“Permitting voluntary spectrum transactions between federal and commercial users would harness the power of market forces to put both commercial and federal spectrum to its highest and best uses.”
The House Energy and Commerce Committee’s Subcommittee on Communications and Technology is holding a hearing today to ask, “How can Congress meet the needs of Federal agencies while addressing carriers’ spiraling demand for spectrum in the age of the data-intensive smartphone?” In my view, the answer requires a flexible approach that permits experimentation among multiple approaches.
There are challenges and opportunities for both (1) clearing and reallocating federal spectrum for commercial use and (2) sharing spectrum among federal and commercial users. Economic and technical issues may require different strategies for different spectrum bands and different uses. Experience indicates that voluntary negotiations among interested parties – not bureaucratic fiat – are likely to produce the most efficient strategy in any particular instance. Unfortunately, current law does not provide market incentives or mechanisms for the relevant parties (federal and commercial spectrum users and spectrum regulators) to achieve efficient outcomes.
Congressional action creating markets for spectrum transactions between federal and commercial users would provide the relevant parties with an opportunity to maximize their spectrum use through voluntary negotiation. A market-oriented approach would permit experimentation, encourage innovation, and promote investment while increasing the efficiency of spectrum use. The result would benefit consumers, federal agencies, and the economy. Continue reading →
Richard Brandt, technology journalist and author, discusses his new book, One Click: Jeff Bezos and the Rise of Amazon.Com. Brandt discusses Bezos’ entrepreneurial drive, his business philosophy, and how he’s grown Amazon to become the biggest retailer in the world. This episode also covers the biggest mistake Bezos ever made, how Amazon uses patent laws to its advantage, whether Amazon will soon become a publishing house, Bezos’ idea for privately-funded space exploration and his plan to revolutionize technology with quantum computing.
A few days ago, the big news in the telecom world was that President Obama again ordered federal agencies to share and sell their spectrum to expand commercial mobile broadband use. This effort is premised on the fact that agencies use their gifted airwaves poorly while demand for mobile broadband is surging. While the presidential memorandum half-heartedly supports clearing out agencies from some bands and selling it off, the focus of the memo is shared access, whereby federal agencies agree to allow non-federal users to use the same spectrum bands with non-interfering technologies.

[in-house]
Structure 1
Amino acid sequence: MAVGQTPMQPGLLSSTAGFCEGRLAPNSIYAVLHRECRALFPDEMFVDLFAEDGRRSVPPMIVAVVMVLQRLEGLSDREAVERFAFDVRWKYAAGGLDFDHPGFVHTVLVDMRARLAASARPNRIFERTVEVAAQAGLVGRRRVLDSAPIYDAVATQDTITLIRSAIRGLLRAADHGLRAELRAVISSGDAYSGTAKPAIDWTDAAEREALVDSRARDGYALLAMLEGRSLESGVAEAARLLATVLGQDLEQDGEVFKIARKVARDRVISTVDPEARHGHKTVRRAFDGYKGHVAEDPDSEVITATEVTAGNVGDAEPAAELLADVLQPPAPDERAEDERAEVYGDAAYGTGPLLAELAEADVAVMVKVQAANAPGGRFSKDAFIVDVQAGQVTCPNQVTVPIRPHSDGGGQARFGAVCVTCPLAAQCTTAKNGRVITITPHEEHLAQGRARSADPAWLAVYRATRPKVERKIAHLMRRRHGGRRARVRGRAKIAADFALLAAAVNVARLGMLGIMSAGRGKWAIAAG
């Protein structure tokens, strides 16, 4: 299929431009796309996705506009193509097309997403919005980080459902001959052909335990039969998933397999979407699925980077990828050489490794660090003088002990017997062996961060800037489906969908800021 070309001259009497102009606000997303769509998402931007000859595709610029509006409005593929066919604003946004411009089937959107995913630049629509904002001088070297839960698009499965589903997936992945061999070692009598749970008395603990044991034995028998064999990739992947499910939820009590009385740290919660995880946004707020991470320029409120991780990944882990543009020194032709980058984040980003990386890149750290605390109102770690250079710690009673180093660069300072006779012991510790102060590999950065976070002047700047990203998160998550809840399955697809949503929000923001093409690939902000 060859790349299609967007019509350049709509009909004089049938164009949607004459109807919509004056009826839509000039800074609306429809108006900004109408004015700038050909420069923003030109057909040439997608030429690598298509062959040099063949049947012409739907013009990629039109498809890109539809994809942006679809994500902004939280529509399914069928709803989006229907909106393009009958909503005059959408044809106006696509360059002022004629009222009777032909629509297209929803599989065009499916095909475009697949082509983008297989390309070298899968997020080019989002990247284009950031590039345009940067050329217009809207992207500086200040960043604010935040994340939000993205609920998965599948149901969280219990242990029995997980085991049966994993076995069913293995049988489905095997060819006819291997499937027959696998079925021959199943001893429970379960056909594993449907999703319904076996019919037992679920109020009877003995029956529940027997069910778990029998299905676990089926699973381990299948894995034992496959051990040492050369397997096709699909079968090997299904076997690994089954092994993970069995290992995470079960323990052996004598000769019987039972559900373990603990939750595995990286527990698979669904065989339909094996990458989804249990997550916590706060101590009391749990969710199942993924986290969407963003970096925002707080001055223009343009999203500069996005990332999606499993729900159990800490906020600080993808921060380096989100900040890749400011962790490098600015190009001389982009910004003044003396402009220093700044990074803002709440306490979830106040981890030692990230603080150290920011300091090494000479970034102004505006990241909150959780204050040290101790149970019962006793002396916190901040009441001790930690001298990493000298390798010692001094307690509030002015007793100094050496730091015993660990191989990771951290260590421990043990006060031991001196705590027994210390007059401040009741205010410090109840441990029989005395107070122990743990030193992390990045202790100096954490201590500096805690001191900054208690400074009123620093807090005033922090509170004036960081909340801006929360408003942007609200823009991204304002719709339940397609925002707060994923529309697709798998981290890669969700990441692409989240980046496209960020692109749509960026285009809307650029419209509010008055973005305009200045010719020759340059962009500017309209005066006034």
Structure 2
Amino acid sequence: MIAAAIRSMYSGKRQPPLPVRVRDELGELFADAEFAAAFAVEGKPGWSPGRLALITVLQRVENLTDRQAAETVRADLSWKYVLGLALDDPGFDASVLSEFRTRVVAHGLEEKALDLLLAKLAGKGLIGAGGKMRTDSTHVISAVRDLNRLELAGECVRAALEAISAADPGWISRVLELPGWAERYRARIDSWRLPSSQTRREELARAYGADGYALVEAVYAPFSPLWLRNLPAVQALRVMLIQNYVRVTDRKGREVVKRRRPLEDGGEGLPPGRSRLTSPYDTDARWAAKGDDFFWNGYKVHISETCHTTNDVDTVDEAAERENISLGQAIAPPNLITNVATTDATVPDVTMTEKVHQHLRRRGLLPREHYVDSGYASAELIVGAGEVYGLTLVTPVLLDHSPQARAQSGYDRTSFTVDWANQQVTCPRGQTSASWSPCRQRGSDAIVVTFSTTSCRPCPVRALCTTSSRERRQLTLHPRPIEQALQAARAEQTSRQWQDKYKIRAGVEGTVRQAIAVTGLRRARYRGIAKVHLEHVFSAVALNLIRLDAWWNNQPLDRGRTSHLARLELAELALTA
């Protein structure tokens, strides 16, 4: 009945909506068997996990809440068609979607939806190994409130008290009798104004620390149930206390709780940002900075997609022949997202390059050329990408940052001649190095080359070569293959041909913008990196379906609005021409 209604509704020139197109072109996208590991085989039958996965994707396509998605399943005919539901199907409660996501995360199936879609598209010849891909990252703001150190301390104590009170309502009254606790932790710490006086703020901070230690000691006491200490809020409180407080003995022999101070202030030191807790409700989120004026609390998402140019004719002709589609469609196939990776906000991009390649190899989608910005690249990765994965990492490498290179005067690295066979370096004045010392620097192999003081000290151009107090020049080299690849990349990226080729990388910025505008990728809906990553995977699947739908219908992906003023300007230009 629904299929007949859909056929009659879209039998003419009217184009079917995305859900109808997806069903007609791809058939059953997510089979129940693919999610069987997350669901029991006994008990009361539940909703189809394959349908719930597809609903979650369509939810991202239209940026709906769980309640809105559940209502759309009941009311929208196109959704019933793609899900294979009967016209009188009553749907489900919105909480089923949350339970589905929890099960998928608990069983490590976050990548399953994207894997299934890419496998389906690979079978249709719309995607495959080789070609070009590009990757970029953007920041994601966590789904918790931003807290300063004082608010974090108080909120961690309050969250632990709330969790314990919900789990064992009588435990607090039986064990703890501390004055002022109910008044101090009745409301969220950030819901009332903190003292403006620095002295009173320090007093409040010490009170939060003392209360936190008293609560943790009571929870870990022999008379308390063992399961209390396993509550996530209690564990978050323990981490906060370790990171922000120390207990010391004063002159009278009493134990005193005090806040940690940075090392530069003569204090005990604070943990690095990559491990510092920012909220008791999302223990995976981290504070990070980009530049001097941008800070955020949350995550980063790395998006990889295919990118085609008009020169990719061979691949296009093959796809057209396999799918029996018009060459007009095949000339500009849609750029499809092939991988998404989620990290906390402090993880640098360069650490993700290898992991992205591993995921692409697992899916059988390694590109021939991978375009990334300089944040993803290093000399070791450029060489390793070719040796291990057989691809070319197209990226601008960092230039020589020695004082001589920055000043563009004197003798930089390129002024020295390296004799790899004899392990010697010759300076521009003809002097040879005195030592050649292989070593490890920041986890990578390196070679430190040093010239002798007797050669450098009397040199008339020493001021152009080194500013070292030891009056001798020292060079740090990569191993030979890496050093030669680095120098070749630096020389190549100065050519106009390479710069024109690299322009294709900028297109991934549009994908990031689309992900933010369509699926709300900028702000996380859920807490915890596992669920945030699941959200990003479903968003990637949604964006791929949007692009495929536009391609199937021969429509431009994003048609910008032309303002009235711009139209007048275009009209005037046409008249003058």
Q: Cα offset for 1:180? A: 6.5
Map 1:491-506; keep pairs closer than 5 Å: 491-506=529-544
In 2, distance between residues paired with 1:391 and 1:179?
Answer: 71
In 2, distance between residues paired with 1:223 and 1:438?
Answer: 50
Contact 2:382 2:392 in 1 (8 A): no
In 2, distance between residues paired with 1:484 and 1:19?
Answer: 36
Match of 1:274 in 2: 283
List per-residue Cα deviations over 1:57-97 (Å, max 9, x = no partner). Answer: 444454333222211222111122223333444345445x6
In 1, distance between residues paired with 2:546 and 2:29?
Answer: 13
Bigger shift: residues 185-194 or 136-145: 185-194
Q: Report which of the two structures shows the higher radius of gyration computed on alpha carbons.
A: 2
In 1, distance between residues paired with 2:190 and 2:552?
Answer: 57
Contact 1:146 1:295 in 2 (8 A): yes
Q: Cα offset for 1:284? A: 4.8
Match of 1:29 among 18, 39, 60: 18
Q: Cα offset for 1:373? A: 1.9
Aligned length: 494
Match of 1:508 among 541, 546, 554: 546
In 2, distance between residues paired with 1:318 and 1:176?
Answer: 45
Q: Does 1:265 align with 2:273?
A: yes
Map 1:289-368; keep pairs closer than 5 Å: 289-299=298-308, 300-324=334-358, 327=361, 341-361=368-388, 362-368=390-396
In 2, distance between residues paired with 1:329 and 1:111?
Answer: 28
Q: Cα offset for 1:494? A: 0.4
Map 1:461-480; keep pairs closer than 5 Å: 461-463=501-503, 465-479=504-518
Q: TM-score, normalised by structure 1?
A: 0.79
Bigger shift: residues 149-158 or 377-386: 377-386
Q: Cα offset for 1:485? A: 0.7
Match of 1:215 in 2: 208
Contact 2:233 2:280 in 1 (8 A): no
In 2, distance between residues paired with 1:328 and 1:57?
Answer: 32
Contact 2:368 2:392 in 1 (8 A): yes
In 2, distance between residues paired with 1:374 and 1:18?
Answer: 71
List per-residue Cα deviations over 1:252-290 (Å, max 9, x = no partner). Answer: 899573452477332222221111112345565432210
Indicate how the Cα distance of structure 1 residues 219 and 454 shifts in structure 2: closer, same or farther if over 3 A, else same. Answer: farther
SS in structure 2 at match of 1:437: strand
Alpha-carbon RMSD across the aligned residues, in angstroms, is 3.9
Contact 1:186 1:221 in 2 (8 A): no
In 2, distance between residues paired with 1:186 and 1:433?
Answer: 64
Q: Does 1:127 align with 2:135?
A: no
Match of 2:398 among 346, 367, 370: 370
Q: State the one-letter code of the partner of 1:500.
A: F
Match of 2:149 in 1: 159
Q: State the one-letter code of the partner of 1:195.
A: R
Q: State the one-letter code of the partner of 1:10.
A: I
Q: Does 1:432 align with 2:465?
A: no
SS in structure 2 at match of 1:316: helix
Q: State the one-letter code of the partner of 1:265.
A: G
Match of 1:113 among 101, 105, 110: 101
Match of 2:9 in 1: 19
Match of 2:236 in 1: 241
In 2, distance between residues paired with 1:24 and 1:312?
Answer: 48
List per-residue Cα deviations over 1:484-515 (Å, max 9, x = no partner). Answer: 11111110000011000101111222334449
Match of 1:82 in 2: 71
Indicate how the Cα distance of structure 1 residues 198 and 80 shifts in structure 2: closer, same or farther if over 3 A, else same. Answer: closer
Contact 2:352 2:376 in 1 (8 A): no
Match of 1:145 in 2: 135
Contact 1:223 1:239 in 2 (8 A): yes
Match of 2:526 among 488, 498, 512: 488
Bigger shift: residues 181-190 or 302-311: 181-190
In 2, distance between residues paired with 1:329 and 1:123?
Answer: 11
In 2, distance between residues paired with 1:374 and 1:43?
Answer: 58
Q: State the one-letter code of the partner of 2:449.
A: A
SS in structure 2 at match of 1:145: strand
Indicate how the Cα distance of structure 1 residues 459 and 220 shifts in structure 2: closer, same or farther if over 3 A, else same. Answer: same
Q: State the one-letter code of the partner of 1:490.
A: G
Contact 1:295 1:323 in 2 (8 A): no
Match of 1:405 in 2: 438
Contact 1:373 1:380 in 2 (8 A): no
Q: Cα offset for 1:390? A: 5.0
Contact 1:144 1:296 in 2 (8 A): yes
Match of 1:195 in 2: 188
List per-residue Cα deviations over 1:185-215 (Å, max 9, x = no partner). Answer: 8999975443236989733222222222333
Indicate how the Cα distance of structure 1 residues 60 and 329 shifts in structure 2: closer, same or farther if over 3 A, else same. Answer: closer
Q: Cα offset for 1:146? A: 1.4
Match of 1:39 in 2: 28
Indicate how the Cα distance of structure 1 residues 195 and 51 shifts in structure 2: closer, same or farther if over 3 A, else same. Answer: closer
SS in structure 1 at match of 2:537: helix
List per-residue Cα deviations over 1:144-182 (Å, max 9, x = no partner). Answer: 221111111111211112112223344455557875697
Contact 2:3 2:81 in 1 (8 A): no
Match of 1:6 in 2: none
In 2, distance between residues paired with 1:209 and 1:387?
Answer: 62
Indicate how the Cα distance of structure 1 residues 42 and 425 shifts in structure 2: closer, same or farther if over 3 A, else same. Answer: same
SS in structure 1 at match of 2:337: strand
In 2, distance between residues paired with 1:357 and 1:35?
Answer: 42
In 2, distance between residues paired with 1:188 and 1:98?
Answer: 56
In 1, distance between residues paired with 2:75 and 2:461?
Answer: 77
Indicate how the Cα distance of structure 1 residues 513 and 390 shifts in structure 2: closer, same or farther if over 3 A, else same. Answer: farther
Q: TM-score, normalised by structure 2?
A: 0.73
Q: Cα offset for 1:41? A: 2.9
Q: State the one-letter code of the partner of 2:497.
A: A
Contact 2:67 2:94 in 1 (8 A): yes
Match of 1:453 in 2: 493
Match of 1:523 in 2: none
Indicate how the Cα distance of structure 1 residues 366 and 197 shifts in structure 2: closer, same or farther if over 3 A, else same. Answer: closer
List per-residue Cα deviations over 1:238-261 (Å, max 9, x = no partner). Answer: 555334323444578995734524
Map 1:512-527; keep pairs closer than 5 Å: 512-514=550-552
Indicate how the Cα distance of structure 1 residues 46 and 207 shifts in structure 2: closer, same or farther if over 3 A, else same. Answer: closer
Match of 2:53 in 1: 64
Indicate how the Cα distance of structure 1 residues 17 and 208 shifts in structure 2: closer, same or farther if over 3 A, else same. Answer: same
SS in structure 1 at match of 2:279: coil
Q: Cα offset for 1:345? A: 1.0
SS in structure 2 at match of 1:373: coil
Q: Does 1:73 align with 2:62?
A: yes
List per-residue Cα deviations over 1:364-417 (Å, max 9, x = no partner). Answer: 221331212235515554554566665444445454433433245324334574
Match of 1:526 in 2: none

The good news is that there is no mention of PCAST’s 2012 recommendation to the president to create a 1000 MHz “superhighway” of unlicensed federal spectrum accessed by sensing devices. This radical proposal would replace the conventional clearing-and-auction process with a spectrum commons framework reliant on unproven sensing technologies. Instead of consumers relying on carriers’ spectrum for mobile broadband, this plan would crudely imitate (in theory) wifi on steroids, where devices would search out access over a huge portion of valuable spectrum, avoiding federal users. Its omission in the recent memo likely means the unlicensed superhighway won’t be pursued.
Still, this doubling-down on other forms of dynamic spectrum sharing is unfortunate for several reasons. Continue reading →
The Department of Justice has suddenly reversed course from its previous findings that mobile providers who lack spectrum below 1 GHz can become “strong competitors” in rural markets and are “well-positioned” to drive competition locally and nationally. Those supporting government intervention as a means of avoiding competition in the upcoming incentive auction attempt to avoid these findings by highlighting misleading FCC statistics, including the assertion that Verizon owns “approximately 45 percent of the licensed MHz-POPs of the combined [800 MHz] Cellular and 700 MHz band spectrum, while AT&T holds approximately 39 percent.”
Sprint Nextel Corporation (Sprint Nextel) recently sent a letter to the Federal Communications Commission (FCC) signed by Dick Thornburgh, a former US Attorney General who is currently of counsel at K&L Gates, expressing his support for the ex parte submission of the Department of Justice (DOJ) that was recently filed in the FCC’s spectrum aggregation proceeding. The DOJ ex parte recommends that the FCC “ensure” Sprint Nextel and T-Mobile obtain a nationwide block of mobile spectrum in the upcoming broadcast incentive auction. In his letter of support on behalf of Sprint Nextel, Mr. Thornburgh states he believes the DOJ ex parte “is fully consistent with its longstanding approach to competition policy under Republican and Democratic administrations alike.”
Mr. Thornburgh is mistaken. The principle finding on which the DOJ’s new recommendation is based – that the FCC should adopt an inflexible, nationwide restriction on spectrum holdings below 1 GHz – is clearly inconsistent with the DOJ’s previous approach to competition policy in the mobile marketplace. Both the FCC and the DOJ have traditionally found that there is no factual basis for making competitive distinctions among mobile spectrum bands in urban markets, and the DOJ has distinguished among mobile spectrum bands only in rural markets. Continue reading →
This post is a parody of “Dialogue Concerning the Two Chief World Systems” written by Galileo Galilei in 1632, which attempted to prove that the earth revolves around the sun (the Copernican system). Although the Copernican system was ultimately proven to be scientifically correct, Galileo was convicted of heresy and his book was placed on the Index of Forbidden Books for more than two hundred years.